The three guys got their big break on a Sunday afternoon in October 2007. By then they had a service that anyone could access with a mobile phone. Next month, it was announced, France would have the biggest train strike since 1995. Fred’s older sister who worked in communications convinced him to seize the opportunity. He paid a PR firm €200 to send a press release to 6000 journalists the next morning. The message: “Pendant la grève, le covoiturage deviant mobile.” It stressed that ride sharing would be a travel option during the strike, and it urged drivers planning trips to sign up on the platform to help travelers who would otherwise be stranded.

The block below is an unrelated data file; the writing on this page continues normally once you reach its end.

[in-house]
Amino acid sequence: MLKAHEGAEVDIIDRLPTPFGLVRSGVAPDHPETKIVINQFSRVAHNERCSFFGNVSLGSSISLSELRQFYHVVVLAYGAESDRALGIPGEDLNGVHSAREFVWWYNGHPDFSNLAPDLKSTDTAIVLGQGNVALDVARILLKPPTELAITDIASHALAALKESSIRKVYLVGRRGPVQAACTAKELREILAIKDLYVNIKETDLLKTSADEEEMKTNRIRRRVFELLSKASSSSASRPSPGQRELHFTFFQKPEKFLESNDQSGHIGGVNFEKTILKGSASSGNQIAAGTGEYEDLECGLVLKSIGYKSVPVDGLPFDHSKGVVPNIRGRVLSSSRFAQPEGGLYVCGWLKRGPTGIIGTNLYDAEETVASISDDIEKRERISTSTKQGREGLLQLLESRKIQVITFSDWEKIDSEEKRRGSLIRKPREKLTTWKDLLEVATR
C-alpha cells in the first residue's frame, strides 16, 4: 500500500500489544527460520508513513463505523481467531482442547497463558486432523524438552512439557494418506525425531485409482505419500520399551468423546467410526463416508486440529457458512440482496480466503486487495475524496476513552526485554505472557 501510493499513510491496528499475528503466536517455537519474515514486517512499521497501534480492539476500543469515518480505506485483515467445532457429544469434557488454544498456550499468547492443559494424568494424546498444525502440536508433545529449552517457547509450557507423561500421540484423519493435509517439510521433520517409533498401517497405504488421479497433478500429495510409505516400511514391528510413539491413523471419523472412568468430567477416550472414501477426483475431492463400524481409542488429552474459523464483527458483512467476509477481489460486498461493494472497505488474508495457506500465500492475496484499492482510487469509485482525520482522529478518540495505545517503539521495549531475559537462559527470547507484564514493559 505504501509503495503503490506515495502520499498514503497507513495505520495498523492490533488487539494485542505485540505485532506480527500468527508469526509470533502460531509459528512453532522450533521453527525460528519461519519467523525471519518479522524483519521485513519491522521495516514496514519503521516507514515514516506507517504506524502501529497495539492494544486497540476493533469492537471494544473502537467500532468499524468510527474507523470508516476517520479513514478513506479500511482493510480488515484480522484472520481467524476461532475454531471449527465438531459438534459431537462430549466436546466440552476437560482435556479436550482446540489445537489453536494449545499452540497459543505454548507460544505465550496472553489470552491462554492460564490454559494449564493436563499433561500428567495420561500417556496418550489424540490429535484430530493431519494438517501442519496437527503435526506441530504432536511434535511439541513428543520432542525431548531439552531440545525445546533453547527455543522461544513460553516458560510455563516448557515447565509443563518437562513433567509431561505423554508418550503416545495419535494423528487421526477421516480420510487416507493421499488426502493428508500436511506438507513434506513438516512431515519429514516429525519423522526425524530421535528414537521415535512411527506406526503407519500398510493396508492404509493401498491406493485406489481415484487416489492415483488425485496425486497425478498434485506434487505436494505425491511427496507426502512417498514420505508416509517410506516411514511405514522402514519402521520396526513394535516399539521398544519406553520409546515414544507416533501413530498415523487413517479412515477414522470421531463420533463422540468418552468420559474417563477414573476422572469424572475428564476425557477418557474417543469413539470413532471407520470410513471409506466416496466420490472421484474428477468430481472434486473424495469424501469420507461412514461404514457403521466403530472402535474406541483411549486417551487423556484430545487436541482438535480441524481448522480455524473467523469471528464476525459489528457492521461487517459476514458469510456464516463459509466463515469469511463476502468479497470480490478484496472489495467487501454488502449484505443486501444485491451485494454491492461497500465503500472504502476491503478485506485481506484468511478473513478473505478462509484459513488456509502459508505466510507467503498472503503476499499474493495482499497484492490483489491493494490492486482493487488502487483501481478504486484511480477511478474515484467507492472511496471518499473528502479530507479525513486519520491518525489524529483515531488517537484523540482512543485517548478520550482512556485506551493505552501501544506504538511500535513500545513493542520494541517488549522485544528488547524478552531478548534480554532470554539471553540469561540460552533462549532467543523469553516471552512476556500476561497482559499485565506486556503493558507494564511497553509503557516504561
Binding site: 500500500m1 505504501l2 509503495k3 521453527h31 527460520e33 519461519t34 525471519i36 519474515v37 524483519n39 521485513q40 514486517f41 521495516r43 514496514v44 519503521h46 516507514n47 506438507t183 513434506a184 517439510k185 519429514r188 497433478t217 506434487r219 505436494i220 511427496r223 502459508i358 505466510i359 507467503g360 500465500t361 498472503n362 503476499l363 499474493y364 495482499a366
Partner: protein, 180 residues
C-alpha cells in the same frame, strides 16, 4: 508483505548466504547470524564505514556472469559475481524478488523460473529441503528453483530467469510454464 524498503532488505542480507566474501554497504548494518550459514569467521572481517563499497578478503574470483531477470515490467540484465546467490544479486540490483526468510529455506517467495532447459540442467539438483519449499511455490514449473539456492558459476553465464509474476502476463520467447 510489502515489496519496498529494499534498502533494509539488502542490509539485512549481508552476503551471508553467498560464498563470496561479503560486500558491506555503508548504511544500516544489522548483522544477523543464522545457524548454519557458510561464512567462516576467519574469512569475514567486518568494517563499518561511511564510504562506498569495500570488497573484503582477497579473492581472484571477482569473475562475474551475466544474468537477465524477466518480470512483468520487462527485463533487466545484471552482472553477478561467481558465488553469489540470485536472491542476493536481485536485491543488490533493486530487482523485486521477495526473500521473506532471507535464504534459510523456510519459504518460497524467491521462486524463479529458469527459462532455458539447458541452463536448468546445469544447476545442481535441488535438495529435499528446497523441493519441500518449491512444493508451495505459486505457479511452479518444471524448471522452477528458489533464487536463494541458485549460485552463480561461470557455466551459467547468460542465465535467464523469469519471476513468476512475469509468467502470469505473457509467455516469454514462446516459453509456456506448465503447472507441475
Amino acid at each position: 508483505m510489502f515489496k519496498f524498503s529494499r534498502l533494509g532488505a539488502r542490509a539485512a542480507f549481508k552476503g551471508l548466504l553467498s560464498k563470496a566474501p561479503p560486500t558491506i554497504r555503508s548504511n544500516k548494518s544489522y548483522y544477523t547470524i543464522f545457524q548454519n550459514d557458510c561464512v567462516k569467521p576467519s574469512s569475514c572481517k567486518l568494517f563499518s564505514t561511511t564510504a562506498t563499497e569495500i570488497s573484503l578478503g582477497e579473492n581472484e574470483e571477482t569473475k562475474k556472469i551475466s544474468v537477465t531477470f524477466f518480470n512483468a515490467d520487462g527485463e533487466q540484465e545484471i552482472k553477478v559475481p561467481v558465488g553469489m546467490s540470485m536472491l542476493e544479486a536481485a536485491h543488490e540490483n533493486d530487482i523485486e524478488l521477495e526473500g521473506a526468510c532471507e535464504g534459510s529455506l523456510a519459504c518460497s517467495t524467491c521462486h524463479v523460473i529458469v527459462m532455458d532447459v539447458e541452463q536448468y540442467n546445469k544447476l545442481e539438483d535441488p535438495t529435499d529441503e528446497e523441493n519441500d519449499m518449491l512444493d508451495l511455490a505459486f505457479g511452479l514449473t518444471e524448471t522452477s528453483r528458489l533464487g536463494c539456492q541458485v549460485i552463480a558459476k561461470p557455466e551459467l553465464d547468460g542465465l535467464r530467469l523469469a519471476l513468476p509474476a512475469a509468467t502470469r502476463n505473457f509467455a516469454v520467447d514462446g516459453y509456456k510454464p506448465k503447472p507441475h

The media response was tremendous. Fred was on TV seven times and radio 10. And the platform was featured in around 500 newspaper articles. By the end of 2007, Covoiturage had 70,000 members.
That sounds like a lot. But there were still not enough riders and drivers ensure that drivers could find riders or that riders could find drivers between pairs of cities in France. That also made it hard to recruit new drivers and new passengers.
With no money to spend on marketing, the company continued to rely on free media coverage of strikes and other disruptions, like the Icelandic volcanic eruptions of April 2010, which grounded planes in France for several days. Company staff focused on learning from their members and providing excellent service to them.